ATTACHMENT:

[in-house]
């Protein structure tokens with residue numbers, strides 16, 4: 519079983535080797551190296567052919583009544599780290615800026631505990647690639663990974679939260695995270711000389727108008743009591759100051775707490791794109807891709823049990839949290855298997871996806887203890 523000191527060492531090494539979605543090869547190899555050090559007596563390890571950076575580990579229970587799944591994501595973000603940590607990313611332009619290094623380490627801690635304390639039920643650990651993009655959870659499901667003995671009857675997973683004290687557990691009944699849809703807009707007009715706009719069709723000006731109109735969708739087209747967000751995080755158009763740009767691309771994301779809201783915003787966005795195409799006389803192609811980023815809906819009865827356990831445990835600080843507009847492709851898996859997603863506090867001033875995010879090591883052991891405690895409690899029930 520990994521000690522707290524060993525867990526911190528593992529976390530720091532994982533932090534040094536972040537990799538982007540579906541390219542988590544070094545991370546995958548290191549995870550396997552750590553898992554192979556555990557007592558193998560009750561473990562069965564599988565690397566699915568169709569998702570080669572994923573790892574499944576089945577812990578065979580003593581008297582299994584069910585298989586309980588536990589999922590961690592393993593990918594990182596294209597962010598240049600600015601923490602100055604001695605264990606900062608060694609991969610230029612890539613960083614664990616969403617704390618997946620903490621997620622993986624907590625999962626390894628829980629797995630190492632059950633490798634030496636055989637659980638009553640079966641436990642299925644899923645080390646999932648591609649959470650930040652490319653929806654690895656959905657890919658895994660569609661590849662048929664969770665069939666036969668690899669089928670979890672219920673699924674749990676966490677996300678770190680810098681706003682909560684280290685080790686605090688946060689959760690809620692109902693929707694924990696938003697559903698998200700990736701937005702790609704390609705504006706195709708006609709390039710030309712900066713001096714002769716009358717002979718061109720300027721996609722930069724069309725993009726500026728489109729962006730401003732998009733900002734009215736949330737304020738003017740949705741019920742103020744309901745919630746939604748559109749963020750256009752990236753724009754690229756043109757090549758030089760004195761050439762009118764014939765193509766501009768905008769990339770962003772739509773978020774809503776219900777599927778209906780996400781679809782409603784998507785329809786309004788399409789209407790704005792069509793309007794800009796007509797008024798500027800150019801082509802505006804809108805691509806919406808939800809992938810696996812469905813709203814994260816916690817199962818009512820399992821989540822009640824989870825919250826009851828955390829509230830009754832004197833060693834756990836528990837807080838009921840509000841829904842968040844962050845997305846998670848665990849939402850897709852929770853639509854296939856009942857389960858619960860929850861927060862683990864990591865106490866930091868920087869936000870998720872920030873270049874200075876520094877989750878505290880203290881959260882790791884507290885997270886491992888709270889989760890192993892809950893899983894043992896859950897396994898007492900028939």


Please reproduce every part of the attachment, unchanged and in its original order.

[in-house]
């Protein structure tokens with residue numbers, strides 16, 4: 519079983535080797551190296567052919583009544599780290615800026631505990647690639663990974679939260695995270711000389727108008743009591759100051775707490791794109807891709823049990839949290855298997871996806887203890 523000191527060492531090494539979605543090869547190899555050090559007596563390890571950076575580990579229970587799944591994501595973000603940590607990313611332009619290094623380490627801690635304390639039920643650990651993009655959870659499901667003995671009857675997973683004290687557990691009944699849809703807009707007009715706009719069709723000006731109109735969708739087209747967000751995080755158009763740009767691309771994301779809201783915003787966005795195409799006389803192609811980023815809906819009865827356990831445990835600080843507009847492709851898996859997603863506090867001033875995010879090591883052991891405690895409690899029930 520990994521000690522707290524060993525867990526911190528593992529976390530720091532994982533932090534040094536972040537990799538982007540579906541390219542988590544070094545991370546995958548290191549995870550396997552750590553898992554192979556555990557007592558193998560009750561473990562069965564599988565690397566699915568169709569998702570080669572994923573790892574499944576089945577812990578065979580003593581008297582299994584069910585298989586309980588536990589999922590961690592393993593990918594990182596294209597962010598240049600600015601923490602100055604001695605264990606900062608060694609991969610230029612890539613960083614664990616969403617704390618997946620903490621997620622993986624907590625999962626390894628829980629797995630190492632059950633490798634030496636055989637659980638009553640079966641436990642299925644899923645080390646999932648591609649959470650930040652490319653929806654690895656959905657890919658895994660569609661590849662048929664969770665069939666036969668690899669089928670979890672219920673699924674749990676966490677996300678770190680810098681706003682909560684280290685080790686605090688946060689959760690809620692109902693929707694924990696938003697559903698998200700990736701937005702790609704390609705504006706195709708006609709390039710030309712900066713001096714002769716009358717002979718061109720300027721996609722930069724069309725993009726500026728489109729962006730401003732998009733900002734009215736949330737304020738003017740949705741019920742103020744309901745919630746939604748559109749963020750256009752990236753724009754690229756043109757090549758030089760004195761050439762009118764014939765193509766501009768905008769990339770962003772739509773978020774809503776219900777599927778209906780996400781679809782409603784998507785329809786309004788399409789209407790704005792069509793309007794800009796007509797008024798500027800150019801082509802505006804809108805691509806919406808939800809992938810696996812469905813709203814994260816916690817199962818009512820399992821989540822009640824989870825919250826009851828955390829509230830009754832004197833060693834756990836528990837807080838009921840509000841829904842968040844962050845997305846998670848665990849939402850897709852929770853639509854296939856009942857389960858619960860929850861927060862683990864990591865106490866930091868920087869936000870998720872920030873270049874200075876520094877989750878505290880203290881959260882790791884507290885997270886491992888709270889989760890192993892809950893899983894043992896859950897396994898007492900028939």